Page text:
In the survey, 71% of finance professionals are now seeing a greater need to be able to report meaningful insights from data, but along with this, are experiencing greater difficulty in swiftly translating the increasingly complex volumes of data into action.
“82% of finance professionals want instantaneous access to comprehensive, up-to-date financial performance data,” McLean (pic above) said.
“Increasingly, our role is in business planning and analysis, strategy setting and execution,” he added.
Also, 82% of finance professionals are seeing an increased contribution in those roles, and 80% see the need to develop new capabilities in advanced analytics.
In fact, 76% see the ability to make effective use of advanced analytics and 79% see the ability to make effective use of big data as being essential to their success.
Coupled with that is the ability to adapt rapidly amidst complexity (87%) and being able to translate data into swift action (80%).
These responses translate into three key finance challenges, according to McLean, with increasing complexity being one of them.
“The greater pace of change brings complexity, especially if you are an established organisation,” he said.
“The biggest headache around the ability to change and be agile is the legacy you have in your business,” he added.
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A Fortune 500 company runs an average of 36 applications for their day-to-day operations, bringing with that layers and layers of systems and process complexity, McLean argued.
The next challenge is the concept of the ‘single source of truth.’
“To provide insights and analysis on a real-time basis, you need to have confidence and control of the systems in your business to ensure the integrity of the data that informs your decisions,” he said.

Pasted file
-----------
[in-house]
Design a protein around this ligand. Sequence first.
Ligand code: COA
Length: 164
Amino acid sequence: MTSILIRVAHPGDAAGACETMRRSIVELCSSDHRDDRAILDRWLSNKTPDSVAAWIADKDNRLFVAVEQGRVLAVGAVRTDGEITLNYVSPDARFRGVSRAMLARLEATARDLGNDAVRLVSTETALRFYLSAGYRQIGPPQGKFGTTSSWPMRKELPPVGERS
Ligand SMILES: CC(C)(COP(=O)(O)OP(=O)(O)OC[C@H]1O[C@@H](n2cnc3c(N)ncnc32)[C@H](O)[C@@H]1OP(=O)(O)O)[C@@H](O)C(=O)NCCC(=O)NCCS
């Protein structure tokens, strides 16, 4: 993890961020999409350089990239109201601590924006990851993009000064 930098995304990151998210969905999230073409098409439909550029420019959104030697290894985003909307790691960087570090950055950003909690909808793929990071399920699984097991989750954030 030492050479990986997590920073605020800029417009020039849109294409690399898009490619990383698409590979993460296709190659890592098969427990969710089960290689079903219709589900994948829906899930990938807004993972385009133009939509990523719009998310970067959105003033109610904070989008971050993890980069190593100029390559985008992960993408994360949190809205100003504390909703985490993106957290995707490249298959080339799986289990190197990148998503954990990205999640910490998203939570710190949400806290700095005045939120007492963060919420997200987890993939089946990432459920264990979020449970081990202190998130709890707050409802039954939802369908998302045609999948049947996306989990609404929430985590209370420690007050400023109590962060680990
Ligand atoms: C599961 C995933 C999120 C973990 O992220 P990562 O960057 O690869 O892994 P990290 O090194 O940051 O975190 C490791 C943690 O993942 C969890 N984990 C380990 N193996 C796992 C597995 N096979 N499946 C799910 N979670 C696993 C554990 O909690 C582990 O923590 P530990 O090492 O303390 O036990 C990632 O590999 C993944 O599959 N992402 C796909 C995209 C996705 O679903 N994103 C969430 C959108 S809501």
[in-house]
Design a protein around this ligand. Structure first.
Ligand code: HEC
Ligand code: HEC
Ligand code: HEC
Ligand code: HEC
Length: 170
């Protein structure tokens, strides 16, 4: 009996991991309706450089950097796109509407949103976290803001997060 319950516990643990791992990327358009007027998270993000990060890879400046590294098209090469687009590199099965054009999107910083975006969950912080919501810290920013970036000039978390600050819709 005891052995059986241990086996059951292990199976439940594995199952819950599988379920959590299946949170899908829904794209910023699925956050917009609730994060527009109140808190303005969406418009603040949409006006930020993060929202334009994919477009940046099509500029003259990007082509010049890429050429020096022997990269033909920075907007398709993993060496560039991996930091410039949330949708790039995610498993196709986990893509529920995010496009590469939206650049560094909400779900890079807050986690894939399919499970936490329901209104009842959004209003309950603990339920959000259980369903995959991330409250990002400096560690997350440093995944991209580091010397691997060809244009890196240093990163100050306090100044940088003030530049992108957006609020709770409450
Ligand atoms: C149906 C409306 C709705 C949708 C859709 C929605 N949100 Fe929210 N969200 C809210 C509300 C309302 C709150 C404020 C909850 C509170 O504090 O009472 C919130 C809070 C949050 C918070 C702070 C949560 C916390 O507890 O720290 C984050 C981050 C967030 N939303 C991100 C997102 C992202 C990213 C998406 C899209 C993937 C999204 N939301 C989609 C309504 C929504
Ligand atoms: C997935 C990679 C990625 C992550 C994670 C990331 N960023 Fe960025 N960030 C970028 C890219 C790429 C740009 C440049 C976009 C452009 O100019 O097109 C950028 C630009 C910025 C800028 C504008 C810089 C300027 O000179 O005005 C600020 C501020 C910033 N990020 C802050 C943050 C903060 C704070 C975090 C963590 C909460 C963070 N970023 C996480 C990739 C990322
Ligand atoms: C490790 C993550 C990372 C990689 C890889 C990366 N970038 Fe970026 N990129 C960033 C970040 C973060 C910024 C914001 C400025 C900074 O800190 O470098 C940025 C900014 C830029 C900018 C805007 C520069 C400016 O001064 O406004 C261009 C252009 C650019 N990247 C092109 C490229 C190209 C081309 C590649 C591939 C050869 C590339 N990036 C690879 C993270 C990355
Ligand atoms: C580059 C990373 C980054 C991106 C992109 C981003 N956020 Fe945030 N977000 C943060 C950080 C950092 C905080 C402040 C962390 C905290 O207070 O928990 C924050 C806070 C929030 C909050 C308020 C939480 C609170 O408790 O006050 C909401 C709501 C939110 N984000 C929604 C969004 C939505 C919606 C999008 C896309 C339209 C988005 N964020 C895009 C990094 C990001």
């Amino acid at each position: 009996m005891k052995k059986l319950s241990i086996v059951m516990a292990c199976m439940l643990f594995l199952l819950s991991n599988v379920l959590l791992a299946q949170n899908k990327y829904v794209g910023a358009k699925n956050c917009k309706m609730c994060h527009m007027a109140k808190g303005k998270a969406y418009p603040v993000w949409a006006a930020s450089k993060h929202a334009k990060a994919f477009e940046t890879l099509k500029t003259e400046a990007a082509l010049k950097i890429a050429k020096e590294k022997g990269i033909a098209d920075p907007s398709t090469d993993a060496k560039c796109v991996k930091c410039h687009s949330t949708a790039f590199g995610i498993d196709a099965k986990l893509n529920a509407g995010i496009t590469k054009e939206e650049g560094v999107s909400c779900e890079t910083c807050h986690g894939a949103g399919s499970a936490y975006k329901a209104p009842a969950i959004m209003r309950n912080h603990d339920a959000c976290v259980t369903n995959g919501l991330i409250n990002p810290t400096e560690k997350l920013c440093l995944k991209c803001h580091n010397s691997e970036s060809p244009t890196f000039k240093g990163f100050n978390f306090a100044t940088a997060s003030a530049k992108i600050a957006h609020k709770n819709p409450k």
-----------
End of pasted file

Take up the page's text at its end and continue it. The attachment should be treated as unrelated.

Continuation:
Soft skills, cultural shifts
There is also a growing concern that finance professionals need to change the kinds of skills and talents they have been developing.
“The skills that we need are different today from the past,” McLean said.
“Historically, we had a heavy focus on technical skills, but in the future, we will need to adapt to be more experienced on the softer side – from communicating to influencing, to get our message across to the rest of the organisation,” he added.
When it comes to finance professionals needing such soft skills, SAP is walking the talk, McLean argued – it has been running a global programme around change management for the last three years.
“We have a programme called ‘Finance Runs Better Together,’ and within that, we have streams called ‘Amazing People Development’ and ‘Integrative Network Skills’,” he said.
“This is how we cradle a learning culture where people are encouraged, and in most cases, required to develop themselves and change,” he added.
SAP calls this ‘future-proofing,’ to ensure that its employees remain relevant and play an increasing role in the business, according to McLean.
“We understand that to do that, we need to get serious about it and dedicate resources to ensure this programme gets done,” he said.